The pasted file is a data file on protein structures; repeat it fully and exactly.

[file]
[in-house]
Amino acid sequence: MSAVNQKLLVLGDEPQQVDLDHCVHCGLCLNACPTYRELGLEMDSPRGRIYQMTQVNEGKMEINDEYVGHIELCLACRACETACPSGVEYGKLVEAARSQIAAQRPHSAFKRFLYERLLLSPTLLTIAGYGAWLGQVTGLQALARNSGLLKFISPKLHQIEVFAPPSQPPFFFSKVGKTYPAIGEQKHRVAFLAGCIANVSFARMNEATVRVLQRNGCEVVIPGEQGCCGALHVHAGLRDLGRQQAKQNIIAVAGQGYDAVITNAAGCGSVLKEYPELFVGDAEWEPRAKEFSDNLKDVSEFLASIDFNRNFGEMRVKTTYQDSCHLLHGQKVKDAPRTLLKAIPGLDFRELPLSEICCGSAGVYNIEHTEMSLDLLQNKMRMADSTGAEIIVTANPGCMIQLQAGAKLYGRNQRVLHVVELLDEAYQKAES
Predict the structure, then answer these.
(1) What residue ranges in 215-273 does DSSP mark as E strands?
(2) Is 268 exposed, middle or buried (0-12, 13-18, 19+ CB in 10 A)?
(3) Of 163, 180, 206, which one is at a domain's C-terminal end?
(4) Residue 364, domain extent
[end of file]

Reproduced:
[in-house]
Amino acid sequence: MSAVNQKLLVLGDEPQQVDLDHCVHCGLCLNACPTYRELGLEMDSPRGRIYQMTQVNEGKMEINDEYVGHIELCLACRACETACPSGVEYGKLVEAARSQIAAQRPHSAFKRFLYERLLLSPTLLTIAGYGAWLGQVTGLQALARNSGLLKFISPKLHQIEVFAPPSQPPFFFSKVGKTYPAIGEQKHRVAFLAGCIANVSFARMNEATVRVLQRNGCEVVIPGEQGCCGALHVHAGLRDLGRQQAKQNIIAVAGQGYDAVITNAAGCGSVLKEYPELFVGDAEWEPRAKEFSDNLKDVSEFLASIDFNRNFGEMRVKTTYQDSCHLLHGQKVKDAPRTLLKAIPGLDFRELPLSEICCGSAGVYNIEHTEMSLDLLQNKMRMADSTGAEIIVTANPGCMIQLQAGAKLYGRNQRVLHVVELLDEAYQKAES
Predict the structure, then answer these.
(1) What residue ranges in 215-273 does DSSP mark as E strands?
(2) Is 268 exposed, middle or buried (0-12, 13-18, 19+ CB in 10 A)?
(3) Of 163, 180, 206, which one is at a domain's C-terminal end?
(4) Residue 364, domain extent